NUI Galway Engineering Program Among Winners of Global Citizenship Award

Thursday, 22 April 2010

-MacJannet Prize Awarded to Exceptional University Civic Engagement Programs-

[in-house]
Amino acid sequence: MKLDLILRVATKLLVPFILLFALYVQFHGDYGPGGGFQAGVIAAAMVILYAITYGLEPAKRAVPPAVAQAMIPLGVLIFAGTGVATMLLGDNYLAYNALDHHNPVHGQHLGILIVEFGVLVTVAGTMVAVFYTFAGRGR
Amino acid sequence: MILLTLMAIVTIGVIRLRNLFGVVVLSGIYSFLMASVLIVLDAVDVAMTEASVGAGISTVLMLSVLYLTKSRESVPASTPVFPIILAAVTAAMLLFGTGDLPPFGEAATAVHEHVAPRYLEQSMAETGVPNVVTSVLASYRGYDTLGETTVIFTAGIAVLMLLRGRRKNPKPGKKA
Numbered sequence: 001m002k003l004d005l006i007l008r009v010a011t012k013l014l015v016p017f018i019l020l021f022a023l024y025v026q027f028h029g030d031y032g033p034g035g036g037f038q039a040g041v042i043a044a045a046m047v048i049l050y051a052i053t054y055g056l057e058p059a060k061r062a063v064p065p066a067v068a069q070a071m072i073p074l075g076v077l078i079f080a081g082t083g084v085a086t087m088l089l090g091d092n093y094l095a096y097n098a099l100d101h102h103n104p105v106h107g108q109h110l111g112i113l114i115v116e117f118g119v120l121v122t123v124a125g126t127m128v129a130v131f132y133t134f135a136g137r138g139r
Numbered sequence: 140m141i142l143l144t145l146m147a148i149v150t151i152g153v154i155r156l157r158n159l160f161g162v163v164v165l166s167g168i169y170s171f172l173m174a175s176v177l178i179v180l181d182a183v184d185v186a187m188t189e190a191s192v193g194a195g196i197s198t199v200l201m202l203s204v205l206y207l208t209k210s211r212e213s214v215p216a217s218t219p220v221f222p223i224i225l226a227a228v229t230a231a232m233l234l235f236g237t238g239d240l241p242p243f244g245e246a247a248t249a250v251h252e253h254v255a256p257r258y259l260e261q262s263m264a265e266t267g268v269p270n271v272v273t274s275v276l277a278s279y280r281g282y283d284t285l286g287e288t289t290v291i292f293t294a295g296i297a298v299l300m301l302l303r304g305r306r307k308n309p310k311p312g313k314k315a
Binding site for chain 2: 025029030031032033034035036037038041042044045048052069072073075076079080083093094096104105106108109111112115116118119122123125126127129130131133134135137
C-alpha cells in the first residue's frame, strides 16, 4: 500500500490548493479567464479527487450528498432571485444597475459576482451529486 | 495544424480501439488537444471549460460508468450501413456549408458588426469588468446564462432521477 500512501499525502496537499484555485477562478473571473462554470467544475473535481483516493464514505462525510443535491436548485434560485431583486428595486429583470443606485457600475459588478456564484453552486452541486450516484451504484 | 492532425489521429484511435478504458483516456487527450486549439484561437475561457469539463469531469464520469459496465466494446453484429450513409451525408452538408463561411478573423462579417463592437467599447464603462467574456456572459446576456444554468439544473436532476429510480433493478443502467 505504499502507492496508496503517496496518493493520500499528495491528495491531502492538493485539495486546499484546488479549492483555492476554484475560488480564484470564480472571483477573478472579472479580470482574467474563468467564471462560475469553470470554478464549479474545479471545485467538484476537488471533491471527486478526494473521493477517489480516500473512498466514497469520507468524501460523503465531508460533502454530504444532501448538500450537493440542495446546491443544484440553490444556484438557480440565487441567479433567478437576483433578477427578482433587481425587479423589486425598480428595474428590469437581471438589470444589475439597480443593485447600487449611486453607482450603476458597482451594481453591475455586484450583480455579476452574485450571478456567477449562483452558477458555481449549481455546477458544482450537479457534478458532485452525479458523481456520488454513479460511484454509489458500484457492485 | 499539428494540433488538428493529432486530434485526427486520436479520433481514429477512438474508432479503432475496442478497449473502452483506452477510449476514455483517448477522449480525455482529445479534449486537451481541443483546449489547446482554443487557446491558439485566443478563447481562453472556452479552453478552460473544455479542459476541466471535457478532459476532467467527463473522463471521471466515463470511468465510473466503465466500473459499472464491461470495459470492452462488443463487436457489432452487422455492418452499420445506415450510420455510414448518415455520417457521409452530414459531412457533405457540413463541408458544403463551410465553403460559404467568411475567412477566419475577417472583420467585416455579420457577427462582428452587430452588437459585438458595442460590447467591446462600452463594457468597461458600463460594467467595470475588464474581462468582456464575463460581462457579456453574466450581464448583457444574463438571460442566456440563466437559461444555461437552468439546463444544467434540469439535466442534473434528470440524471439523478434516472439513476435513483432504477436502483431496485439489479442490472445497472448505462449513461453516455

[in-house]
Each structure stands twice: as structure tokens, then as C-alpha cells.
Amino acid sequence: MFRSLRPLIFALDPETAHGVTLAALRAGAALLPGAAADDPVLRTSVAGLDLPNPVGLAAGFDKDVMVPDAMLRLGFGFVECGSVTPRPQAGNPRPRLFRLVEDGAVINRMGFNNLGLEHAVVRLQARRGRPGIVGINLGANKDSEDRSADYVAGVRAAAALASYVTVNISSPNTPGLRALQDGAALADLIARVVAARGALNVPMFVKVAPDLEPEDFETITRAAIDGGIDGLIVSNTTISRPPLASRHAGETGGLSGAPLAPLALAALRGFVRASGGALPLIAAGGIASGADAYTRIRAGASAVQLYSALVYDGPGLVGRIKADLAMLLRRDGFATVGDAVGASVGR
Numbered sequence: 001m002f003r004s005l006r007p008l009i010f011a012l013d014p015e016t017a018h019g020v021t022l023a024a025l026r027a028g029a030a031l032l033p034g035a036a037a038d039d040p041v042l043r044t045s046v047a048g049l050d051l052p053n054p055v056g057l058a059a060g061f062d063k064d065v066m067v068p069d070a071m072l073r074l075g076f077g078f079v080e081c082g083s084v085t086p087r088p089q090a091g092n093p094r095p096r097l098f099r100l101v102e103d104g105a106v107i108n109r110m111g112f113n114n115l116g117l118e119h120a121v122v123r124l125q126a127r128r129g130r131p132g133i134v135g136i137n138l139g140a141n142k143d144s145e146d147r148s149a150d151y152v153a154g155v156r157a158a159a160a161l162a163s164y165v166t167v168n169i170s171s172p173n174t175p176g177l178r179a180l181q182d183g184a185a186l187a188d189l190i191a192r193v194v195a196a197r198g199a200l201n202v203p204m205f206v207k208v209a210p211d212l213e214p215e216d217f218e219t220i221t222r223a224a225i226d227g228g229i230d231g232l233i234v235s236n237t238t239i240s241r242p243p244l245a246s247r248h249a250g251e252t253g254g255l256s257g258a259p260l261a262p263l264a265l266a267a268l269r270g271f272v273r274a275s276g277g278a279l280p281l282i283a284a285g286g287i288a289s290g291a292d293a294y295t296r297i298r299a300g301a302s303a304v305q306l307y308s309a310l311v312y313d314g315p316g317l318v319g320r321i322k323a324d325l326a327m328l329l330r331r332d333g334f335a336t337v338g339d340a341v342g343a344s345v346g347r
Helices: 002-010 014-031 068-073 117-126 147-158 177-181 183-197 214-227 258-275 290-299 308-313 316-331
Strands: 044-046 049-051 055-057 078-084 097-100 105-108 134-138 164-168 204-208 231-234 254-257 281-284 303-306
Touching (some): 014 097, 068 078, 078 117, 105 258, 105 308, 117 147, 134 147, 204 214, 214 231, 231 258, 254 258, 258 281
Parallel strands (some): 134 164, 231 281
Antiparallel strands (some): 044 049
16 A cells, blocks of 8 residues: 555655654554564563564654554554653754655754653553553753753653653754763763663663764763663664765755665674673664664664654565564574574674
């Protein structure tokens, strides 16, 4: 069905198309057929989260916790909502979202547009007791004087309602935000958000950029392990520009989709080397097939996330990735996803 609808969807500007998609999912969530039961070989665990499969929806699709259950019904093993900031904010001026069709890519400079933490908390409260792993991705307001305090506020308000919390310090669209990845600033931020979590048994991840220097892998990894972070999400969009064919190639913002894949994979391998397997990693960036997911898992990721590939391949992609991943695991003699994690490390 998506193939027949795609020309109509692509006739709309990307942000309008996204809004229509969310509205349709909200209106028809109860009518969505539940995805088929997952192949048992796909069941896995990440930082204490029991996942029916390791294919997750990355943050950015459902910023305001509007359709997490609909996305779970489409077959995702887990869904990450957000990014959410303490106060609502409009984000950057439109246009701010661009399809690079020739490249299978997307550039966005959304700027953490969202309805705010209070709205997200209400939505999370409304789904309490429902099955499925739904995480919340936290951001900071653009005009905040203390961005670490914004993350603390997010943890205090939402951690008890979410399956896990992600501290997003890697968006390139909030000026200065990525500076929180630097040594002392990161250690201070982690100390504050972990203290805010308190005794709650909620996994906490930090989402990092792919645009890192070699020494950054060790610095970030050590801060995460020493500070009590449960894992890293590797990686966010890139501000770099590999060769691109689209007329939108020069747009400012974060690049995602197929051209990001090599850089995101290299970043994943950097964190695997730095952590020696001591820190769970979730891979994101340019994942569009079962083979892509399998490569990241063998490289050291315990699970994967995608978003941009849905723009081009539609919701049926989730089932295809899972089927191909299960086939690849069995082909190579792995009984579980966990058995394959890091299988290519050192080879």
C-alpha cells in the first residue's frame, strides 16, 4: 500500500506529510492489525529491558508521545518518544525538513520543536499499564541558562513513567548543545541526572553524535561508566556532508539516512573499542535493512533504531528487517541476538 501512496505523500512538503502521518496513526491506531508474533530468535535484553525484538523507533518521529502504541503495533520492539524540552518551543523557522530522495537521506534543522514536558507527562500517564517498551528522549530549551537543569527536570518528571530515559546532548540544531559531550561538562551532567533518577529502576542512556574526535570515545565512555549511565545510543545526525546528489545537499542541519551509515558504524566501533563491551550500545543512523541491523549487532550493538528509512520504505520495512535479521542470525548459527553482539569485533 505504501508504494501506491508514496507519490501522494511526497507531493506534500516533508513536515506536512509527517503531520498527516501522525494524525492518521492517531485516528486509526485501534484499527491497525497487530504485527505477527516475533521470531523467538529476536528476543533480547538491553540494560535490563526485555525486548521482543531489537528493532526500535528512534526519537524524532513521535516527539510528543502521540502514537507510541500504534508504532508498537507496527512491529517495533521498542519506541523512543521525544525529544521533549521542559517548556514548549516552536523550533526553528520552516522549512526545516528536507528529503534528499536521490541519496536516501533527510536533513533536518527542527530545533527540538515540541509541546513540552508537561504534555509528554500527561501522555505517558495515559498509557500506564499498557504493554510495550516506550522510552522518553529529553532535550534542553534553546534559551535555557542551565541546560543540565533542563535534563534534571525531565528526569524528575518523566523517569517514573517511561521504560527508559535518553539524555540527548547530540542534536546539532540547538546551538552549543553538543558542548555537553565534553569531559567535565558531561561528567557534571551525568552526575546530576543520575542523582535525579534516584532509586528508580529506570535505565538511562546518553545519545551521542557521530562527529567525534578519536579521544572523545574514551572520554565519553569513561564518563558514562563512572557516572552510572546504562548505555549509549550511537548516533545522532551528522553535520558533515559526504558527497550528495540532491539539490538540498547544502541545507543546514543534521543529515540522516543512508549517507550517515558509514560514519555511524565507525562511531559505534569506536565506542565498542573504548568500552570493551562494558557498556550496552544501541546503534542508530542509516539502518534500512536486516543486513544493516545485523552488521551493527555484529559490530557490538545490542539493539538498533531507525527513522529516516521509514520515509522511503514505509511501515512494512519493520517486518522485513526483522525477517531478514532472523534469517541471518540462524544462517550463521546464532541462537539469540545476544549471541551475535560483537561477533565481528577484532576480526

The Talloires Network and the MacJannet Foundation have announced that NUI Galway is among the winners of the second annual MacJannet Prize for Global Citizenship. The first time in history that an Irish education institution has been recognised for work in the area of civic engagement. The CAIRDE (Community Awareness Initiatives Responsibly-Directed by Engineers) service learning module received second place in the MacJannet Prize for Global Citizenship. Through CAIRDE all third-year Mechanical and Biomedical Engineering students apply academic knowledge and skills to address genuine community needs. Dr James J. Browne, President of NUI Galway on the announcement of the prize, said: "Service learning has become a hallmark of the student experience at NUI Galway and offers real learning in a community context. It brings theory to life while improving the lives of those living in often challenging situations. This international recognition for such commitment to civic engagement and service learning is a tribute to those involved". The MacJannet Prize, which is administered by the Talloires Network, received 66 nominations from 54 universities in 27 countries around the world. The prize recognises exceptional student civic engagement initiatives based in Talloires Network member universities around the world and contributes financially to their ongoing public service efforts. The Network is led by Presidents from over 200 universities throughout the world and builds a global movement of civically engaged and socially responsible higher education institutions. NUI Galway, through the Community Knowledge Initiative (CKI), became an active member of the Talloires Network in 2008. Since that time Lorraine McIlrath, CKI Coordinator became a Talloires Network Civic Engagement Expert and is sharing the work of NUI Galway through new partnerships forged in Jordan and the Lebanon to mention a few. McIlrath said that she is "absolutely delighted that NUI Galway's pioneering efforts in service learning have been recognised by such an esteemed organisation, placing Ireland on the map in terms of excellence and quality in service learning". Established in 2003 by Professor Abhay Pandit, and co-directed by Dimitrios Zeugolis, CAIRDE became an embedded part of the undergraduate Mechanical, Biomedical, and Electrical Engineering programmes as part of a required module that previously had been solely lecture-based. The emphasis is on interacting directly with intended beneficiaries of projects. Students have developed prototypes and projects that have created lasting change in communities beyond campus. Students at the University have shared their knowledge with children from disadvantaged communities through an annual scrapheap challenge; developed fold-up mobile wheelchair ramps; self-locking medicine cabinet; collapsible walking aid; device to help wheelchair users manoeuvre a wheelie bin. Professor Pandit said: "This award signifies to us that student engineers have a role to play in society and this role brings many benefits. Without doubt it has enabled our students to see their role as global engineers from challenging and engaging local experiences. The MacJannet Prize will help us shine a spotlight on this experience". Since the inception of the CKI, 50% of NUI Galway's course offerings have created a service learning component. The McJannet Prize will help nurture and further develop this pedagogy across Ireland. Other winners of the MacJannet Prize included first place winner PuentesUC (Bridges UC) at the Pontifical Catholic University of Chile. Joint second-place winners with NUI Galway are the HIV/AIDS Education and Prevention Program at University of Mines and Technology in Ghana and third-place prizes were also awarded to five additional outstanding programs from four continents: Community Builders, Wartburg College (USA); Humanity in Focus, University of Hong Kong (China); Student Leaders for Service, Portland State University (USA); Ubunye, University of Cape Town (South Africa); Vidas Móviles, Pontificia Universidad Javeriana (Colombia). The geographic diversity of the winning programs demonstrates the global scope of the movement to incorporate civic engagement within higher education. In all regions of the world, higher education institutions are responding to pressing social issues, and students in particular are championing the idea of global citizenship. The MacJannet Prize recognizes the winning programs as models for universities worldwide and will continue to encourage community engagement within higher education.
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